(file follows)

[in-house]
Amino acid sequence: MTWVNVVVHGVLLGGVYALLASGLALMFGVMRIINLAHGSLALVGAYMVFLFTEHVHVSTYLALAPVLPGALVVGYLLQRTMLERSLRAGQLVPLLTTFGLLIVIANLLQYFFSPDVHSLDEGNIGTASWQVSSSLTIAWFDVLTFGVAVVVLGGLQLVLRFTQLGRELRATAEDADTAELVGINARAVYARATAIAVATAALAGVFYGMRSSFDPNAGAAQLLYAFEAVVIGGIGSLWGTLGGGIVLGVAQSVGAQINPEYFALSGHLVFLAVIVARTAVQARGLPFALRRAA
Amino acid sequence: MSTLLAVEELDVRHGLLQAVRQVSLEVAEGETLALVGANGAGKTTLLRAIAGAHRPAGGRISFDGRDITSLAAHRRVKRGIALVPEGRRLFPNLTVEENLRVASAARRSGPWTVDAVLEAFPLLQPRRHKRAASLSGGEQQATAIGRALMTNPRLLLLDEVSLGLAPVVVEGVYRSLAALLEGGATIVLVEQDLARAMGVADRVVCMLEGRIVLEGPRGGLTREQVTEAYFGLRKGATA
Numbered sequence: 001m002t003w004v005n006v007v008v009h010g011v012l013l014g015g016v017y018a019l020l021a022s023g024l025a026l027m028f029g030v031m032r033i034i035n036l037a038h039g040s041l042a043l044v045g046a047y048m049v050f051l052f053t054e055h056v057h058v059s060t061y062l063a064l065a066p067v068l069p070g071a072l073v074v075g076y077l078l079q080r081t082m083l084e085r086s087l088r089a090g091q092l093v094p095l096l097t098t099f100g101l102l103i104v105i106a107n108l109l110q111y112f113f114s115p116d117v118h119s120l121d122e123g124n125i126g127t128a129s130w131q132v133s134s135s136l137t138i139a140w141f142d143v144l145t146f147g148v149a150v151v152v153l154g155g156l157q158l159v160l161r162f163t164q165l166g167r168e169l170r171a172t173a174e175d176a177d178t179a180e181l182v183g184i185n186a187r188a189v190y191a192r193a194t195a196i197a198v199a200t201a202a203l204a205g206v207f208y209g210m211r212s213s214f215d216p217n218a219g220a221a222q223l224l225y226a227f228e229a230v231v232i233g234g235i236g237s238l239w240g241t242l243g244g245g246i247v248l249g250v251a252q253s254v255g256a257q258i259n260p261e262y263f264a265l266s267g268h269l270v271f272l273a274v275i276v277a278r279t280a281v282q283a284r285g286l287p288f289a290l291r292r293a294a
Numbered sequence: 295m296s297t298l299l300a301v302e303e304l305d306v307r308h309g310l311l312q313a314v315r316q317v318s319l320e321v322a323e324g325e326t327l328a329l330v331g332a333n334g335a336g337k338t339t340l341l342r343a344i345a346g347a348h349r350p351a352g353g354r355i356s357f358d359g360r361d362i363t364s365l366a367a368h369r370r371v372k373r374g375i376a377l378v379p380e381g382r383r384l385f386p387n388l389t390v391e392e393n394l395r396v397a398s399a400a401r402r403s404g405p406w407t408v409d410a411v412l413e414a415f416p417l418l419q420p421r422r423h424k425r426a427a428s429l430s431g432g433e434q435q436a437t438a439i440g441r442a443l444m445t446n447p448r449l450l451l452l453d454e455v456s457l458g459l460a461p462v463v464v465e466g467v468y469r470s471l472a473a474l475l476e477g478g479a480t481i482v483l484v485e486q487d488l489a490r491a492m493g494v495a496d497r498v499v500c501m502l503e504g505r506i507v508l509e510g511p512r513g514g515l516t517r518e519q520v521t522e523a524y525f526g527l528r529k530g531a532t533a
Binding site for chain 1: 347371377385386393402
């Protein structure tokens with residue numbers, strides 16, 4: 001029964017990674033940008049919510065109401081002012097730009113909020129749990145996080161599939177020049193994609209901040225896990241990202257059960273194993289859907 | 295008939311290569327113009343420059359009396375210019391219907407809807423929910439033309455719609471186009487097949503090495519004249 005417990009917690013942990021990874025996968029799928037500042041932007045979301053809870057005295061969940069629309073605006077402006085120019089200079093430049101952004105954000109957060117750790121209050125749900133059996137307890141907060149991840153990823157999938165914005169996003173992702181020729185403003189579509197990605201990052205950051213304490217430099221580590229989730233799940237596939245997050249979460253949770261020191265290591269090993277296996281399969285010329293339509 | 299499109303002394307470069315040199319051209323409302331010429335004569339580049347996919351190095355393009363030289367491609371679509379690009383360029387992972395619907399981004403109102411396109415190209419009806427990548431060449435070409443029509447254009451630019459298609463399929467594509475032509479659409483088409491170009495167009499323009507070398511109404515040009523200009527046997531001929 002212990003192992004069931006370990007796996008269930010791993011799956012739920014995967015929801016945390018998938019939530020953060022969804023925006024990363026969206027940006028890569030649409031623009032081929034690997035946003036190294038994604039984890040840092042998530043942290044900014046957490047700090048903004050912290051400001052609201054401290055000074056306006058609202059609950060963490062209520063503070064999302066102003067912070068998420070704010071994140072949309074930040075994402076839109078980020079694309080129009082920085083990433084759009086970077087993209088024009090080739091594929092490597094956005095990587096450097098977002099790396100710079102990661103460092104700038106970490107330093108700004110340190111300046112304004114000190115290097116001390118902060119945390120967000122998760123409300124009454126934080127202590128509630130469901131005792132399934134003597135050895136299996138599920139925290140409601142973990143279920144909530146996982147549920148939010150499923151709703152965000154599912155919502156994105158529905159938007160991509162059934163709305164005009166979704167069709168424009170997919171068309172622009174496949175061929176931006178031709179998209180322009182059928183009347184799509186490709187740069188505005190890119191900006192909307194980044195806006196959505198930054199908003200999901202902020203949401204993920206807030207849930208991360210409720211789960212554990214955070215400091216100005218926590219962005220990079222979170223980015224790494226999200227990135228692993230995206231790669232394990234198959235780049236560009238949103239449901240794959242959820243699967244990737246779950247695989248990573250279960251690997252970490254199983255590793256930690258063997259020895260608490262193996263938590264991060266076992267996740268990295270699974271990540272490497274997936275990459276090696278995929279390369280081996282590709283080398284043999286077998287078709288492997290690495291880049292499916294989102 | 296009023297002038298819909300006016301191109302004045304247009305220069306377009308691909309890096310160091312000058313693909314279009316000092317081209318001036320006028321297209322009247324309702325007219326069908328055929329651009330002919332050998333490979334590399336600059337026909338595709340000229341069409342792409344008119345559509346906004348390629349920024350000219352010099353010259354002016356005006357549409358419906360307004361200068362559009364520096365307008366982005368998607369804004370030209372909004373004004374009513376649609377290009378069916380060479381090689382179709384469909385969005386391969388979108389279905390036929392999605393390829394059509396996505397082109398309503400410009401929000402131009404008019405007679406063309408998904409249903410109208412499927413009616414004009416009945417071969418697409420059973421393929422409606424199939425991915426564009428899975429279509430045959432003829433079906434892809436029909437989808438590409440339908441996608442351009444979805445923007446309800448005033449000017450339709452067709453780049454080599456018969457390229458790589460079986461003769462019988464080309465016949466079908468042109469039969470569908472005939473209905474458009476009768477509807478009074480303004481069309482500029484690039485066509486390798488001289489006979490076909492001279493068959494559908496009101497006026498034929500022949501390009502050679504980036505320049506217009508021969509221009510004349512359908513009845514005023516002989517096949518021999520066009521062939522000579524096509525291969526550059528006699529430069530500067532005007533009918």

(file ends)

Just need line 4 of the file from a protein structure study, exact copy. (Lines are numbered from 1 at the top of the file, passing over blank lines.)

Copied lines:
Numbered sequence: 001m002t003w004v005n006v007v008v009h010g011v012l013l014g015g016v017y018a019l020l021a022s023g024l025a026l027m028f029g030v031m032r033i034i035n036l037a038h039g040s041l042a043l044v045g046a047y048m049v050f051l052f053t054e055h056v057h058v059s060t061y062l063a064l065a066p067v068l069p070g071a072l073v074v075g076y077l078l079q080r081t082m083l084e085r086s087l088r089a090g091q092l093v094p095l096l097t098t099f100g101l102l103i104v105i106a107n108l109l110q111y112f113f114s115p116d117v118h119s120l121d122e123g124n125i126g127t128a129s130w131q132v133s134s135s136l137t138i139a140w141f142d143v144l145t146f147g148v149a150v151v152v153l154g155g156l157q158l159v160l161r162f163t164q165l166g167r168e169l170r171a172t173a174e175d176a177d178t179a180e181l182v183g184i185n186a187r188a189v190y191a192r193a194t195a196i197a198v199a200t201a202a203l204a205g206v207f208y209g210m211r212s213s214f215d216p217n218a219g220a221a222q223l224l225y226a227f228e229a230v231v232i233g234g235i236g237s238l239w240g241t242l243g244g245g246i247v248l249g250v251a252q253s254v255g256a257q258i259n260p261e262y263f264a265l266s267g268h269l270v271f272l273a274v275i276v277a278r279t280a281v282q283a284r285g286l287p288f289a290l291r292r293a294a